On the kickoff date for Rob Bell's new book, What We Talk About When We Talk About God the hosts of MSNBC's Morning Joe asked Bell whether he was intentionally trying to "rebrand God." Bell—who had also visited the show in March 2011 in the wake of Love Wins—seemed quite comfortable and answered the question with his usual aplomb. He knows how the media works, and he uses that knowledge very well. Bell, as I explained in my recent book Rob Bell and a New American Christianity, uses his genius to repaint the faith. During, and perhaps as a result of, his continual efforts to reinvigorate American Christianity, Bell has morphed from a colorful and powerful conservative Christian to a new type of believer that refuses labels—but is clearly distant from his early evangelical roots. He sees himself following in Jesus' footsteps, refashioning—and in some ways updating—the faith to attract new followers, even as some attack his work.
Bell's book does and will speak to many audiences. He continues to assert both that the universe is open and that, as the Congregationalists like to say, "God is still speaking." The God of Christian faith has the power to act, to forgive, to reconcile, and to empower people to conceive of and to act out deeds of courage, love, and justice.
Bell is, himself, a poignant example of a central Christian narrative: that God is with us not just in our success but even more stunningly in our failure. Bell has always argued that when Jesus says, "Blessed are the poor," he means it literally. That is, the blessedness that Jesus talks about is a radical "with-ness" in our mourning, in our struggles, and in our despair. Grace, as unconditional favor, is the good news precisely because it reaches us in our depths. And, for Bell, not only is God with us in Christ, but God is "for" us. God therefore is the great "de-escalator." That is, in Christ, revenge ends. Scapegoating is off limits. We let go of bullying and turn toward each other in a "for-ness" that transforms us.
Bell goes on to show that scripture—both in its own context and even in our time—demonstrates a multiplicity of ways that God is "ahead" of us. The Bible makes a break from "tribal-consciousness," by arguing that God is not in one place and at one time, but in all places and all at once. This God, whose center is everywhere, does not pick favorites, and neither should we. In this sense, the "ahead-of-ness" of God is always moving beyond our parochial boundaries and attitudes toward a place of final reconciliation, where all of God's children are found, loved, and embraced. In this way, the beauty of Bell's faith is one that rings true not only for Christians, whether conservative or liberal, but also non-Christians; for Bell, we are all one family in Christ. And this is good news.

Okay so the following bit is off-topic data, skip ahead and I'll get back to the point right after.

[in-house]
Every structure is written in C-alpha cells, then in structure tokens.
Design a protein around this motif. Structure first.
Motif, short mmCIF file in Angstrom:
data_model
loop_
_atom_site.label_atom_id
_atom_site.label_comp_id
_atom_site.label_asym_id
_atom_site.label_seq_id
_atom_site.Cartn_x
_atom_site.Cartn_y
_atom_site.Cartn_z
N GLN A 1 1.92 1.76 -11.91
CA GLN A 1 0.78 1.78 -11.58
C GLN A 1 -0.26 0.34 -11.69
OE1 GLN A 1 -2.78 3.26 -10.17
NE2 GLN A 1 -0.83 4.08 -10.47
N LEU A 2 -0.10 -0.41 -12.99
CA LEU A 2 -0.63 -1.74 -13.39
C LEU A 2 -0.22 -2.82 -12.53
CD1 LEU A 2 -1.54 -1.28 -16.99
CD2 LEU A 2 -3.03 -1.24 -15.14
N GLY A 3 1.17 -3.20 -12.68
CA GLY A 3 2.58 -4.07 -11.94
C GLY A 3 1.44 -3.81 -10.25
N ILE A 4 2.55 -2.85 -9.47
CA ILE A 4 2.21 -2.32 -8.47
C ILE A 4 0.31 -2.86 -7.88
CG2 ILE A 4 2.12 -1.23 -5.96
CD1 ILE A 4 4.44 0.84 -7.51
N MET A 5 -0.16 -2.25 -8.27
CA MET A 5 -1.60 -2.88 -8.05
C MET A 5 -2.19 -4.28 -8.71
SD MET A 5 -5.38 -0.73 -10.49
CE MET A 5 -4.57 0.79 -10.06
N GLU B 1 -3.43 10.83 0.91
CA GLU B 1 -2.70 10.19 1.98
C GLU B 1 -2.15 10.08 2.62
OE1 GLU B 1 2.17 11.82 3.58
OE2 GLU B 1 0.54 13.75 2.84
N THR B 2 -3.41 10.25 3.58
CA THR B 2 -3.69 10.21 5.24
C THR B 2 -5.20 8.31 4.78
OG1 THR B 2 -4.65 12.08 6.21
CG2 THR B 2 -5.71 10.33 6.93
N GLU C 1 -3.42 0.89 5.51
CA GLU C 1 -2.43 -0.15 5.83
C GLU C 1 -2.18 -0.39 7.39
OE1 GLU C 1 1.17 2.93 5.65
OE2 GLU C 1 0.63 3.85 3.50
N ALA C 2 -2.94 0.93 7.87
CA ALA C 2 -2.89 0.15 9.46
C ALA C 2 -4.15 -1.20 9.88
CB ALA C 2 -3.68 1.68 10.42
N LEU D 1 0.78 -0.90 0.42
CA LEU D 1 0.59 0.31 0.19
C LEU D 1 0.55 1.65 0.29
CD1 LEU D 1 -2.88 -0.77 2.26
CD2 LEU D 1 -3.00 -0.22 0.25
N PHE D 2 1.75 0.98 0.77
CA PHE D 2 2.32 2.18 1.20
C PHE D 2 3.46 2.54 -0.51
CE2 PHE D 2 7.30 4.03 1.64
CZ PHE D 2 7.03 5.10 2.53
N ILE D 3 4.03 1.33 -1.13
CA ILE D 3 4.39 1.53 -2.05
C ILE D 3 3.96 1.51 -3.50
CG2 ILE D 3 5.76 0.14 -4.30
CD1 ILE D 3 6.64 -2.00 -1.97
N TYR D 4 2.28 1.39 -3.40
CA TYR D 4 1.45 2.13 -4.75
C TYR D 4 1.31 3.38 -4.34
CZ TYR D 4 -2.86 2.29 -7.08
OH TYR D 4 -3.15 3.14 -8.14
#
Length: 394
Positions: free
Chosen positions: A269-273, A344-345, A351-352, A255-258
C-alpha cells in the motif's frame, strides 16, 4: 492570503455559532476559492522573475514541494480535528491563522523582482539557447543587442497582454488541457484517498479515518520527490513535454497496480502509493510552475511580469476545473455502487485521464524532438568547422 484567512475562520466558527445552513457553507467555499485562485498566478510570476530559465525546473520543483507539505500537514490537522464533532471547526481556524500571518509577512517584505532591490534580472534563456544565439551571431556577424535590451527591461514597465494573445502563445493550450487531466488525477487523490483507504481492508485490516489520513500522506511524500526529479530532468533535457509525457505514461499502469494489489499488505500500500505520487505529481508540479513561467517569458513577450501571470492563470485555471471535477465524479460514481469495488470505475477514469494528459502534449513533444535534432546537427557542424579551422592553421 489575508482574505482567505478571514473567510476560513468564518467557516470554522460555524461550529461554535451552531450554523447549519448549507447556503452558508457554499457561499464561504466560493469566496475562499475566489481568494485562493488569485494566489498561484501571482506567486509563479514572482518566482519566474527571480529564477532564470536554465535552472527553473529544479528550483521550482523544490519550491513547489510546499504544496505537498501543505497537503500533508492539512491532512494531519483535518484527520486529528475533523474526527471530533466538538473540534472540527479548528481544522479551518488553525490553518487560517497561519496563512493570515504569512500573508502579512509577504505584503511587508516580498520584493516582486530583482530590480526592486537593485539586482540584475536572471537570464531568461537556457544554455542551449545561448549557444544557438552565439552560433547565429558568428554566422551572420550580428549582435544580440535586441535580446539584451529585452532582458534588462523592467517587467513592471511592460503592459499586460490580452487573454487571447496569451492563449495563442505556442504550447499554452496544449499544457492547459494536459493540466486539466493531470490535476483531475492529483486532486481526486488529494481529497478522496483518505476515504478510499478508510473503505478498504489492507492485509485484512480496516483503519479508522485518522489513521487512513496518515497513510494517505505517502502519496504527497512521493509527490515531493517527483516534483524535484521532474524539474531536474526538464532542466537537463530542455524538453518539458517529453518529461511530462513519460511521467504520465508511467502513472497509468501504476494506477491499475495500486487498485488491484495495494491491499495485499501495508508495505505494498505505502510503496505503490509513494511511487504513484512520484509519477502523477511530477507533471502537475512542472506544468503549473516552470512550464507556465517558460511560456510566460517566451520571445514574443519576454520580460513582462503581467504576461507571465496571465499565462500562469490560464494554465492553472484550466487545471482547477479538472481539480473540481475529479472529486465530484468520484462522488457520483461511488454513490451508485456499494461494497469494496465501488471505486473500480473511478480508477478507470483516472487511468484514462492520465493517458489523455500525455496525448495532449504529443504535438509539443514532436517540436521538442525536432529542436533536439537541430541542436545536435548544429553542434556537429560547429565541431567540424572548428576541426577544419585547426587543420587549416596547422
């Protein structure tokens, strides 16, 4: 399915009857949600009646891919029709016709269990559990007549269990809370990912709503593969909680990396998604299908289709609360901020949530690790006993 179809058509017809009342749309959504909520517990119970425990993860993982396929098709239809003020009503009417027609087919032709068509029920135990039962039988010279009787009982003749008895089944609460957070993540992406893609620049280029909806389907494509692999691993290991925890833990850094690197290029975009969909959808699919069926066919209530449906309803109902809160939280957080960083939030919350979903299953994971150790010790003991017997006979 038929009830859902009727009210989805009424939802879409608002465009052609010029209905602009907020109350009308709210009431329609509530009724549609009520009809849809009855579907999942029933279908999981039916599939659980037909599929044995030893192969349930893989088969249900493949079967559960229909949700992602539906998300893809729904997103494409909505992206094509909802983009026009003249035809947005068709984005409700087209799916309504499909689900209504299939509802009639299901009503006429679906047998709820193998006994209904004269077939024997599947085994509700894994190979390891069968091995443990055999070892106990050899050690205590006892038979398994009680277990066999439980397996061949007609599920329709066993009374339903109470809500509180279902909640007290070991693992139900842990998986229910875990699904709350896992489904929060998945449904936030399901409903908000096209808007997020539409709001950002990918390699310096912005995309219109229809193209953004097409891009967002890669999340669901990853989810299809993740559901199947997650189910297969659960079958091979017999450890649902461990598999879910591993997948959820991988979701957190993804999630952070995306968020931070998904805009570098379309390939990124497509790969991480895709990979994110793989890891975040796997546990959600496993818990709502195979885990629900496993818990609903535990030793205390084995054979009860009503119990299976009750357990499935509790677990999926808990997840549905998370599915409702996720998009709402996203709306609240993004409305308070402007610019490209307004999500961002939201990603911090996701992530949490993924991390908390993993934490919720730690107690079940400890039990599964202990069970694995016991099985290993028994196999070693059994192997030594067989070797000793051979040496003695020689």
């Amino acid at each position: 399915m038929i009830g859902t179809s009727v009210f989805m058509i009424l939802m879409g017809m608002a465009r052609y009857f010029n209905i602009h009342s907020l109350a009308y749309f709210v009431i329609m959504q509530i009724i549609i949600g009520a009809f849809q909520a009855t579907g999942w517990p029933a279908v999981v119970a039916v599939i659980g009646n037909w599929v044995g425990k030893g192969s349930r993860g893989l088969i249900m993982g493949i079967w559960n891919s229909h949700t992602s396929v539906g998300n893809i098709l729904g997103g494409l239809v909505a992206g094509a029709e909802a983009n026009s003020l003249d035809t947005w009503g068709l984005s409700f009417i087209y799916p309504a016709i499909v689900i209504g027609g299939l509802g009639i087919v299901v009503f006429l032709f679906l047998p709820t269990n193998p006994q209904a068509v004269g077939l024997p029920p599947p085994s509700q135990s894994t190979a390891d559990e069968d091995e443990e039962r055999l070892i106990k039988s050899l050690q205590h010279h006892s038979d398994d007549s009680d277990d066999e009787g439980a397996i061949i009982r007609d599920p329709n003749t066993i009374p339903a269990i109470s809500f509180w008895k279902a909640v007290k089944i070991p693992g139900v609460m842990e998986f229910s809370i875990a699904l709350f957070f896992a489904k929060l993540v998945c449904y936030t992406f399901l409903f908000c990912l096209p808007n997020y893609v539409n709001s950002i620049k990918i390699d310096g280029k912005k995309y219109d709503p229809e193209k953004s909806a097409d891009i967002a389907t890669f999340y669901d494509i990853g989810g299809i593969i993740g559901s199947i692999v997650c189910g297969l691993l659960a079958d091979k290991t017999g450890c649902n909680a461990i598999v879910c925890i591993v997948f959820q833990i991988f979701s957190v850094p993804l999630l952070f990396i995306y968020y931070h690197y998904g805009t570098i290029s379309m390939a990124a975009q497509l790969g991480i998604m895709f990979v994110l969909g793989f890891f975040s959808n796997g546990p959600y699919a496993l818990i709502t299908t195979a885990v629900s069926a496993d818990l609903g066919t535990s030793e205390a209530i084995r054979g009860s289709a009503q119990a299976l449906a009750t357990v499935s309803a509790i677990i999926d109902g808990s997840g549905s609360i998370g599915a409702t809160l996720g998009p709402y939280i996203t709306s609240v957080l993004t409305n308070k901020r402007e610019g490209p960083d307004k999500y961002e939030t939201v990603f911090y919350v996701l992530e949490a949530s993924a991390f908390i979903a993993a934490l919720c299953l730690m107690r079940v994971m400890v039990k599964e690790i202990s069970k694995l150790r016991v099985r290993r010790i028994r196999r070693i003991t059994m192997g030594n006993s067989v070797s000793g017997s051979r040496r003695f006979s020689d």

While I think this book will be life giving to many, nothing here is really new for Bell. He has been repainting the faith for at least a decade—and in more or less the same way.
On the other hand, I think Bell is up to something even more ambitious than presenting his generous view of Christian orthodoxy. What We Talk About When We Talk About God is an attempt to suggest that the universe is much "weirder" than most of us think, and in that sense, much more indeterminate and open than our common sense might otherwise tell us. Our mistake is to believe that what we think about the world necessarily reflects the very nature of God. If our worldview is pinched by either rationalism that limits God (read, liberals), or by a self-righteousness that makes God a kind of bully (read, conservatives) than we mistake our own perceptions for the reality of God's very nature.
This deals precisely with the question that thinkers and theologians have struggled with for the last two centuries: "Is God really only a projection of whatever subjectivity that is being imagined?" And if so, is this a projection that alienates one from our best selves, as Marx averred and Feuerbach echoed? Or, is God merely a name for our social group feelings, as Durkheim proposed? Or an infantile fantasy, as Freud deduced? Many have wondered about these questions.
At this point, we are a long way from the evangelicalism of Bell's past or the kind of biblically centered God of present day evangelical Christians. Bell is suggesting, by summarizing modern discoveries in physics in pithy and popular ways, that the universe is much "weirder" than we are able to fathom, and that this "weirdness" must lead to a kind of distrust of certainty and more importantly to an openness to surprises.